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The expression “maranatha” (I Corinthians 16:22, Revelation 22:20) is a cry of faith and prayer for the coming of the Lord, and is usually translated as “Come, Lord!” This is connected to the prayers “May Your kingdom come” (Matthew 6:11) and “Blessed is He who comes” (Matthew 23:39).
Although this word is found in the original Greek text of the New Covenant, it is not Greek, but Aramaic. Almost all of the Law and the Prophets (Tanakh) are written in Hebrew except for a few parts in Aramaic, mostly in Daniel. The word “maran” means lord, and “atha” means come.
In the Prophets there are two descriptions of the coming of the Messiah. One is the “humble” version in:
“Behold, your king will come to you, righteous and with salvation, humble and riding on a donkey.” – Zechariah 9:9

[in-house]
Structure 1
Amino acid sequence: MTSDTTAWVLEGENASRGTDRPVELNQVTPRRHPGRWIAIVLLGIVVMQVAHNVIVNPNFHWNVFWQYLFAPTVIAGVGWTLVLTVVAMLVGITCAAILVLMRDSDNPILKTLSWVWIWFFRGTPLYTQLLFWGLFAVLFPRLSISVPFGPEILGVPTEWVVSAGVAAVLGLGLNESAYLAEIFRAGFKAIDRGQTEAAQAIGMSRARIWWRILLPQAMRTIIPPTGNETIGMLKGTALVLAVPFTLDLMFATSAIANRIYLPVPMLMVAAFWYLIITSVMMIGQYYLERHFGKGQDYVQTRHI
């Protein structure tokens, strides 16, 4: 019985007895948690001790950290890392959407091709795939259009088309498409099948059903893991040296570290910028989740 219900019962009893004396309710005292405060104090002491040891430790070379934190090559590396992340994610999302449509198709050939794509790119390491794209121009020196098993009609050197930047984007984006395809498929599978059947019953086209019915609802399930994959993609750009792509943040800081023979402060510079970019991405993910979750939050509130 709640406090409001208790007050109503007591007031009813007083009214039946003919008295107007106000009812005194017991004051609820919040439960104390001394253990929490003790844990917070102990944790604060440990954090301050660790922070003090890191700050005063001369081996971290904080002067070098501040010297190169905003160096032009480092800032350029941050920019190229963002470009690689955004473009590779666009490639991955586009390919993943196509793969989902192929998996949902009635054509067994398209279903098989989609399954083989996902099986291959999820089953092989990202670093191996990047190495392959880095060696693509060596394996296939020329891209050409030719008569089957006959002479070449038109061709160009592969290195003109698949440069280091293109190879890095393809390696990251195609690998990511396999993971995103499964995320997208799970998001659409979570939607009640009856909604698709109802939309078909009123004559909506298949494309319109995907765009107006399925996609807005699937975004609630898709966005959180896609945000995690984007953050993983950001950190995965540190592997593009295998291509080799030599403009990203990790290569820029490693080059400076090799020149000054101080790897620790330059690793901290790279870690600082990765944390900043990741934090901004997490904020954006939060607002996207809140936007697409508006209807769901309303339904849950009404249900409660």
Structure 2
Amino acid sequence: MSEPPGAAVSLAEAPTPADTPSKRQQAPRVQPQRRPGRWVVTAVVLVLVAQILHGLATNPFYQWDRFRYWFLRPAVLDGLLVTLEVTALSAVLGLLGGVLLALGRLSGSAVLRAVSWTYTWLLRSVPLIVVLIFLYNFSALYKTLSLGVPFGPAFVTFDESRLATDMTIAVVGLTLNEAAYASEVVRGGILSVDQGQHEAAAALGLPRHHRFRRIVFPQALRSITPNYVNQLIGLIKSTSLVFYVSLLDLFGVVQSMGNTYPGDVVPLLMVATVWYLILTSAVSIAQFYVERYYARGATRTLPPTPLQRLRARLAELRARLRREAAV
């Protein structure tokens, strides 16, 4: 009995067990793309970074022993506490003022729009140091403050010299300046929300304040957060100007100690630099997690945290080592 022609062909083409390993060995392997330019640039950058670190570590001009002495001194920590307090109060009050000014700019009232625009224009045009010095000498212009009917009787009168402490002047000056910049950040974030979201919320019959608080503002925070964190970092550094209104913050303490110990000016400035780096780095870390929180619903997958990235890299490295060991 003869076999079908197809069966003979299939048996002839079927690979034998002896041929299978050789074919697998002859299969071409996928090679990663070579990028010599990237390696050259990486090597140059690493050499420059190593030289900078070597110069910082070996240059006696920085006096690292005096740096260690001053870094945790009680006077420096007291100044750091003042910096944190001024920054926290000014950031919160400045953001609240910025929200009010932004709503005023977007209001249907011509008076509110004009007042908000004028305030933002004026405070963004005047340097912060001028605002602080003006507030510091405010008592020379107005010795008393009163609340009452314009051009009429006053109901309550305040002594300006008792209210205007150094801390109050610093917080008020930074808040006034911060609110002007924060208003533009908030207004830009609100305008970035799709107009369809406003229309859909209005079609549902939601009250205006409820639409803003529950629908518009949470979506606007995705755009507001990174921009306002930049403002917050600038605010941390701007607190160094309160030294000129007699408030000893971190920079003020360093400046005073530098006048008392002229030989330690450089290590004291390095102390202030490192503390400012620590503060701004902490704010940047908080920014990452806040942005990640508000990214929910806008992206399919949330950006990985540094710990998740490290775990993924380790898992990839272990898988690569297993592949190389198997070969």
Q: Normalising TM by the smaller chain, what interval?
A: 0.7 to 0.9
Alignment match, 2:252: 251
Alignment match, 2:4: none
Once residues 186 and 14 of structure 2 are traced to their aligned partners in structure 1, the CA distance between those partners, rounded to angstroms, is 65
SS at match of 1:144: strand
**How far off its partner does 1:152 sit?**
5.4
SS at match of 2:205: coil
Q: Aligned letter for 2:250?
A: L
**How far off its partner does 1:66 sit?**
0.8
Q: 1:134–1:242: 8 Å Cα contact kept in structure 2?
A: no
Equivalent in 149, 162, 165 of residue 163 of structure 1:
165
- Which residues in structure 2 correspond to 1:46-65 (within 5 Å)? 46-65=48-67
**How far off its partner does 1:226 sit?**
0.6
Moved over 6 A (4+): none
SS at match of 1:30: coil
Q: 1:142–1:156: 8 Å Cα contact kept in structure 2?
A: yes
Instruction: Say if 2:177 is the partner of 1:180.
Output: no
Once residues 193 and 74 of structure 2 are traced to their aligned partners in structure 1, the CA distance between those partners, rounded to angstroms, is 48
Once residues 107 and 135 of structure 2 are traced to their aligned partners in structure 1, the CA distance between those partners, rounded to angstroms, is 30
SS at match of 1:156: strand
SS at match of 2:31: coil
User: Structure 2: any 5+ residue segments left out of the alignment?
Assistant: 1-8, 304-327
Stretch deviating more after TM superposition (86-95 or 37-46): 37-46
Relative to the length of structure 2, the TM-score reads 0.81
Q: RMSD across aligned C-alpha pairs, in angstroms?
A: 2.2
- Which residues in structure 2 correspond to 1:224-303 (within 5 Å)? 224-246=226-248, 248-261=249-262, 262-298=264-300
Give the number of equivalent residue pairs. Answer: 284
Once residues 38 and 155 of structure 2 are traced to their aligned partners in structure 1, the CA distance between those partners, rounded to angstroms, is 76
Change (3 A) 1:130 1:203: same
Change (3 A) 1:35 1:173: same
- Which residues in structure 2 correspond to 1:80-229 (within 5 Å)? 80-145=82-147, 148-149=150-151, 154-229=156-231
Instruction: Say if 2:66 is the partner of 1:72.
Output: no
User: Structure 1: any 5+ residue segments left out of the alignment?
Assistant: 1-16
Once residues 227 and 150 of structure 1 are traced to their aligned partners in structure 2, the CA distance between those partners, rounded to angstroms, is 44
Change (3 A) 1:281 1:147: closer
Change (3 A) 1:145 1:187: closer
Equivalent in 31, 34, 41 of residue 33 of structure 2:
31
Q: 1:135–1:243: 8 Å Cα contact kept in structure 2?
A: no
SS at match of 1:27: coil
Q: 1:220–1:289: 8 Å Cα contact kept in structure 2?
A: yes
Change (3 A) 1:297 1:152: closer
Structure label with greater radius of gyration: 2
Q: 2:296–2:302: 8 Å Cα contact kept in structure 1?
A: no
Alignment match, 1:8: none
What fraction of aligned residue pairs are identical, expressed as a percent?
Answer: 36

We understand this from the gospels to be fulfilled by Yeshua’s entrance to Jerusalem before His crucifixion (Matthew 21:5).
The other description is the Messiah in glory.
“Behold one like the son of man coming with the clouds of heaven… to him was given dominion and glory…” – Daniel 7:13
In Yeshua’s witness before the high priests (Matthew 26:64) and in His sermon on the end times (Matthew 24:30), He refers to Himself as the son of man coming on the clouds of heaven in glory. Both of those quotes are referring back to the prophecy in Daniel 7.
That passage in Daniel is in Aramaic and the word for “come” is “atha”. The cry of “Maranatha” in the New Covenant is also a reference to Daniel 7. It is in essence a proclamation of faith, saying, “Yeshua, you are the Lord, the “Maran.” We believe that you will come “atha” in power and glory on the clouds of heaven, as described in Daniel 7:13-14. We are praying for these prophecies to be fulfilled and are inviting you to come again.”